Natural and Synthetic Waxes: Origin, Production, Technology, and Applications


SKU: 9783527342228
Author: Krendlinger, Ernst J Wolfmeier, Uwe H
Publication Date: 10/31/2022
Publisher: Wiley-Vch
Binding: Hardcover
Media: Book
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Natural and Synthetic Waxes

A compilation of all relevant information for the production and use of waxes in technical applications

Waxes are among the oldest organic substances used by mankind. Before all others, beeswax is known to have played a role in human history for thousands of years. But over time, many other wax species have been detected and exploited, and prepared for different utilizations. Today, we possess knowledge of a great variety of different types of waxes. Unfortunately, there still is no broadly accepted definition of a wax: for the relatively few wax chemists, waxes are usually defined by their physico-chemical properties more than by their chemical constitution. Waxes are not uniform but oligomeric and polymeric substances, not simply describable with a chemical formula.

The realm of waxes encompasses fully or partly natural, refined, partly or fully synthetic products, which can be extended by “wax-like” products which do not fulfil all definition criteria. Waxes are offered in different forms like pellets, granules, powders, or micropowders. Their number of technical applications runs into thousands. However, waxes in most cases are just adjuvants or additives, and with few exceptions like candles not known to a broader public. Only few publications over the last decades tried to present a more comprehensive overview of heir chemistry, chemical composition, their physical and analytical properties, their applications, and their sometimes astonishing history.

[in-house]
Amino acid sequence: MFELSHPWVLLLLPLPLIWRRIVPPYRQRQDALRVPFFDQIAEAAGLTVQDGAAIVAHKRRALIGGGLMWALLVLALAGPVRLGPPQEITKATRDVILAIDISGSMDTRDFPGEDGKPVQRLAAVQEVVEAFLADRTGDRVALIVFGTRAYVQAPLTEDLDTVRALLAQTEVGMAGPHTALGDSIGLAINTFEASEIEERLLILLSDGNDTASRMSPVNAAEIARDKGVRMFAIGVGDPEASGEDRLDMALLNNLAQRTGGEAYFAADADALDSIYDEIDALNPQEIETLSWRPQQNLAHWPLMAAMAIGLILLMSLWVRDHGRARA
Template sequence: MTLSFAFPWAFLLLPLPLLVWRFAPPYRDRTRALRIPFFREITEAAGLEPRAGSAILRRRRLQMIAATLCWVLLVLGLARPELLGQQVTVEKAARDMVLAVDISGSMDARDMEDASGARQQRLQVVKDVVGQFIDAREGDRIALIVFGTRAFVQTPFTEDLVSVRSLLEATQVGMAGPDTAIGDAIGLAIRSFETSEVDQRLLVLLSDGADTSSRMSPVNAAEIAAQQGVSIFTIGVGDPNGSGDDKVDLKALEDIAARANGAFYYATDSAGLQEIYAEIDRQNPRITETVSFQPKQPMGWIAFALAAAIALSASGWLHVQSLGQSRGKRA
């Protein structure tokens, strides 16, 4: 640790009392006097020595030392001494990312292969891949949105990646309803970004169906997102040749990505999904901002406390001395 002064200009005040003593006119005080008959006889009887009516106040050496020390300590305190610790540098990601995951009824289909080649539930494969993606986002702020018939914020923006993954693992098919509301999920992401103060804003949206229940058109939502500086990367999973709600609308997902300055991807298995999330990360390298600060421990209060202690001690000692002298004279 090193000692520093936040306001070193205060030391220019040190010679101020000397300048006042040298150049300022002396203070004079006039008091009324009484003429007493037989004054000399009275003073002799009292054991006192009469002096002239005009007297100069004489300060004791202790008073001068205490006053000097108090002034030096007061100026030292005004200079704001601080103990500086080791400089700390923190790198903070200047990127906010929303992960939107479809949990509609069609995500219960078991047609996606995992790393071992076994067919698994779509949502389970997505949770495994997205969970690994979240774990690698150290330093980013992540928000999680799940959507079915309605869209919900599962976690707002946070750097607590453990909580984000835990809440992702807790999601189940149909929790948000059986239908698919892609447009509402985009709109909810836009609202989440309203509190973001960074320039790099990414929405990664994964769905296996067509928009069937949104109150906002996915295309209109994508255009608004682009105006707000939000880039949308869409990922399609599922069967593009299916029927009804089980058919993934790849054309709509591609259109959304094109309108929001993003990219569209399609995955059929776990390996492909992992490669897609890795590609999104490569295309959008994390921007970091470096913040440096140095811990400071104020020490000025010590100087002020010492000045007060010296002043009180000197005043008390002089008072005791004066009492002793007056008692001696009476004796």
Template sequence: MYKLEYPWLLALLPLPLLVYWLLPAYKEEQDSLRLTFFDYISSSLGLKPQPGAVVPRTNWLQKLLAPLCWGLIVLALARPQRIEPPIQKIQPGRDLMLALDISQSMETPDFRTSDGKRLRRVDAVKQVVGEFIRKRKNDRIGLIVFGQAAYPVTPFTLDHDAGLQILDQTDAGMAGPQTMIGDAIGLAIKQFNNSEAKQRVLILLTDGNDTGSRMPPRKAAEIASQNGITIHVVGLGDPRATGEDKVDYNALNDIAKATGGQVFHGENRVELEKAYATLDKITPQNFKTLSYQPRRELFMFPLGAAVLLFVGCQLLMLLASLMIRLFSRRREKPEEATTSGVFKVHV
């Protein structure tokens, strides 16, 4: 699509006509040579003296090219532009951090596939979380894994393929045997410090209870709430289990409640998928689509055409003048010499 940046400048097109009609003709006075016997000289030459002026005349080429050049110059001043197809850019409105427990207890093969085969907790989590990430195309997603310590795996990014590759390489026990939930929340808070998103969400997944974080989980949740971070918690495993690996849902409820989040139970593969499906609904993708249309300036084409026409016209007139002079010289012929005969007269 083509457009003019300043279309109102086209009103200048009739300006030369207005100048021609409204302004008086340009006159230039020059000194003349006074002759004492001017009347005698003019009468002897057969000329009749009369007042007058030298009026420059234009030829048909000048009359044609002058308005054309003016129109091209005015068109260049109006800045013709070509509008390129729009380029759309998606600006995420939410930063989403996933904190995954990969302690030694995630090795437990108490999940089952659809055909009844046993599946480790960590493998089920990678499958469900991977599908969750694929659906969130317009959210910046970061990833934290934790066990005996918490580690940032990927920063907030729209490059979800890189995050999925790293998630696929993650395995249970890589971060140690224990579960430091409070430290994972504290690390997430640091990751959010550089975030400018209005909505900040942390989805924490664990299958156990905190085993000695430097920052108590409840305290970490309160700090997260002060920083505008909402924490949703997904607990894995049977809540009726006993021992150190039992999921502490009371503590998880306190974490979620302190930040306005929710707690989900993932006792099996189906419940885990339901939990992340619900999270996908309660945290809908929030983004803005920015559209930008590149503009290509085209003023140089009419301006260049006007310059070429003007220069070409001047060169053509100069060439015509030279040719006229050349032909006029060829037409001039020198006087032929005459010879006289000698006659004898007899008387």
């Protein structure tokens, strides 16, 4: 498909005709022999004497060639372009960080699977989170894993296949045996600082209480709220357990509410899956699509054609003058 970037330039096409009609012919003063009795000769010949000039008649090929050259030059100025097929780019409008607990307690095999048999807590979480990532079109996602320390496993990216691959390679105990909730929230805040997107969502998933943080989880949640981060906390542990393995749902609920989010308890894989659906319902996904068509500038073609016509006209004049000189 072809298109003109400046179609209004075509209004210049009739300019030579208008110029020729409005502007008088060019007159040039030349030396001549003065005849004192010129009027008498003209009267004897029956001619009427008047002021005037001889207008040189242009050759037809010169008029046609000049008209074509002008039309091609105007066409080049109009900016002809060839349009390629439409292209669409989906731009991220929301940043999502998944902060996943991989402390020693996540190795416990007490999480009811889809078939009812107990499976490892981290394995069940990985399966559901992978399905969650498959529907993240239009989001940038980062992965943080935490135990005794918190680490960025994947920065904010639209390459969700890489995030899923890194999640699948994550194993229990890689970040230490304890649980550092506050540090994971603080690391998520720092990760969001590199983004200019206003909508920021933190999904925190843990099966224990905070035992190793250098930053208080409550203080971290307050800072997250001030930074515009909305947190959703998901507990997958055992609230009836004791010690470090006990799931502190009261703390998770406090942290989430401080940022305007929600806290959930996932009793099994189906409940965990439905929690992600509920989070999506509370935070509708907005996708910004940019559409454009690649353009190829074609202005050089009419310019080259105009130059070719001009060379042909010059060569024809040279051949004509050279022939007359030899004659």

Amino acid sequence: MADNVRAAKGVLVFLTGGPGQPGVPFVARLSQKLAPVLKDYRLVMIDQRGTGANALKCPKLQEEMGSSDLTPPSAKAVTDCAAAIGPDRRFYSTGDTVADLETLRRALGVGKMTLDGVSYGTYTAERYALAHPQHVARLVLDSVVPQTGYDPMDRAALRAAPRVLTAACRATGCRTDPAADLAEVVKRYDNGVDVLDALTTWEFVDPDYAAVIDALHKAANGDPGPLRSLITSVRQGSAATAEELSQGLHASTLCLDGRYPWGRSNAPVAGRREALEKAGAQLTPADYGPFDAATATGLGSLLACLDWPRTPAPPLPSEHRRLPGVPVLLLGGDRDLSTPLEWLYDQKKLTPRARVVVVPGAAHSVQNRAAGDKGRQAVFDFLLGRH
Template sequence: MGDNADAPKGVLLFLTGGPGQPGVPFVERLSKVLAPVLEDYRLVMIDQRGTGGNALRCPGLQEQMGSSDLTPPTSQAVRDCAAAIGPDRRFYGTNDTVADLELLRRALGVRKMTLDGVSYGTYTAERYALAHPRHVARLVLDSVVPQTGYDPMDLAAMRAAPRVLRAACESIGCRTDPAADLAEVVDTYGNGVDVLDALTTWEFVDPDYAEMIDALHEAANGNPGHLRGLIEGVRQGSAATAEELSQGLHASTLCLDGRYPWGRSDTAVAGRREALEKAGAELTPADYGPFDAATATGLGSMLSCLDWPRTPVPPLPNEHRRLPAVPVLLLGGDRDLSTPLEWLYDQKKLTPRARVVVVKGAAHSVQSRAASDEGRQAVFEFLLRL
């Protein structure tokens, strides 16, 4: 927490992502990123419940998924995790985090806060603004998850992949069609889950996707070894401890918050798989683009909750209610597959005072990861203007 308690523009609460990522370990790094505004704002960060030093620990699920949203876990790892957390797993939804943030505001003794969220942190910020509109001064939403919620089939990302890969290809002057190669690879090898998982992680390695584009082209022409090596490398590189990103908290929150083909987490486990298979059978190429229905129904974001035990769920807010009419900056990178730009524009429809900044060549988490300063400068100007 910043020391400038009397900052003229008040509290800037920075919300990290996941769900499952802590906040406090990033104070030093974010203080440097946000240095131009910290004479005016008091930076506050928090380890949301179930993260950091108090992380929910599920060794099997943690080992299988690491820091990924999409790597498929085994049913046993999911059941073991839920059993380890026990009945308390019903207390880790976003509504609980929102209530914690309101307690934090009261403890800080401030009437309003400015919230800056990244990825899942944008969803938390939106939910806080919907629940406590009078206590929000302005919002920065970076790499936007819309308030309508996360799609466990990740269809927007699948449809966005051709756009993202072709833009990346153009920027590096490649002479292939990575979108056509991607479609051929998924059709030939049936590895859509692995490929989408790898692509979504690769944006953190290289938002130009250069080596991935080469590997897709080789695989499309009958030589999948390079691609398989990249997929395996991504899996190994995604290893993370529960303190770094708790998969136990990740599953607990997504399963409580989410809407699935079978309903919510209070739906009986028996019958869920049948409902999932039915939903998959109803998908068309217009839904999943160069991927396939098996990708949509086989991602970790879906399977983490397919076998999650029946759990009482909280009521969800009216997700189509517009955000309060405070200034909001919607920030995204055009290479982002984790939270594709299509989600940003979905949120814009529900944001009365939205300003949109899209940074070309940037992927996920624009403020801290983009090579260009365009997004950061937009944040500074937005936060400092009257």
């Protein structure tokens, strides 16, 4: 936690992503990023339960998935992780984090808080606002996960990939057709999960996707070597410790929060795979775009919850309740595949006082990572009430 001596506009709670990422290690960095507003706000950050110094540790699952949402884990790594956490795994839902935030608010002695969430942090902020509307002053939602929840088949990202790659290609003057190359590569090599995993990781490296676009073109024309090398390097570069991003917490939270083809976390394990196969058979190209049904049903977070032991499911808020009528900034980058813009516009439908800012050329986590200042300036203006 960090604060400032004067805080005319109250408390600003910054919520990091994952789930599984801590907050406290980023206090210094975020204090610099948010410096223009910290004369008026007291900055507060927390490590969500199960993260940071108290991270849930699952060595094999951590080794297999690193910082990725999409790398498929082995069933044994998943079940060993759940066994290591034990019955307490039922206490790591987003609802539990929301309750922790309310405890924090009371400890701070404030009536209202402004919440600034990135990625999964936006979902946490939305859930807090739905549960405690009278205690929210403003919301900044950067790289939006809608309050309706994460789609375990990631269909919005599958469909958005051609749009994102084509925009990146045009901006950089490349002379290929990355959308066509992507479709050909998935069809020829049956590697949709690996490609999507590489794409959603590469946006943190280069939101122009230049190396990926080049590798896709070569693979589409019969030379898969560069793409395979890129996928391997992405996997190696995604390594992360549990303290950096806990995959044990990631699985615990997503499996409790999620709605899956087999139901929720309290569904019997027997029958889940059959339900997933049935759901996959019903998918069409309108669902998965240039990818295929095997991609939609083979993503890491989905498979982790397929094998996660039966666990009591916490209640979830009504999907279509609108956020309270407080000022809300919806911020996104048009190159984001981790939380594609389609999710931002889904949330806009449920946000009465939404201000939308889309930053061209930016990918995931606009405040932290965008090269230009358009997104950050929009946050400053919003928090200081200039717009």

Based on personal experience and expertise, the authors intend to present an overview on the main classes of waxes, their origin, history, future, and potential fate. Economical aspects like market size and development, ecological impacts and challenges, and regulatory issues are also addressed.

Waxes are indispensable products in everyday life and in industry and technology, though mostly not even visible or distinguishable to experts. They deserve more than the role of a “poor cousin” in chemistry and technology.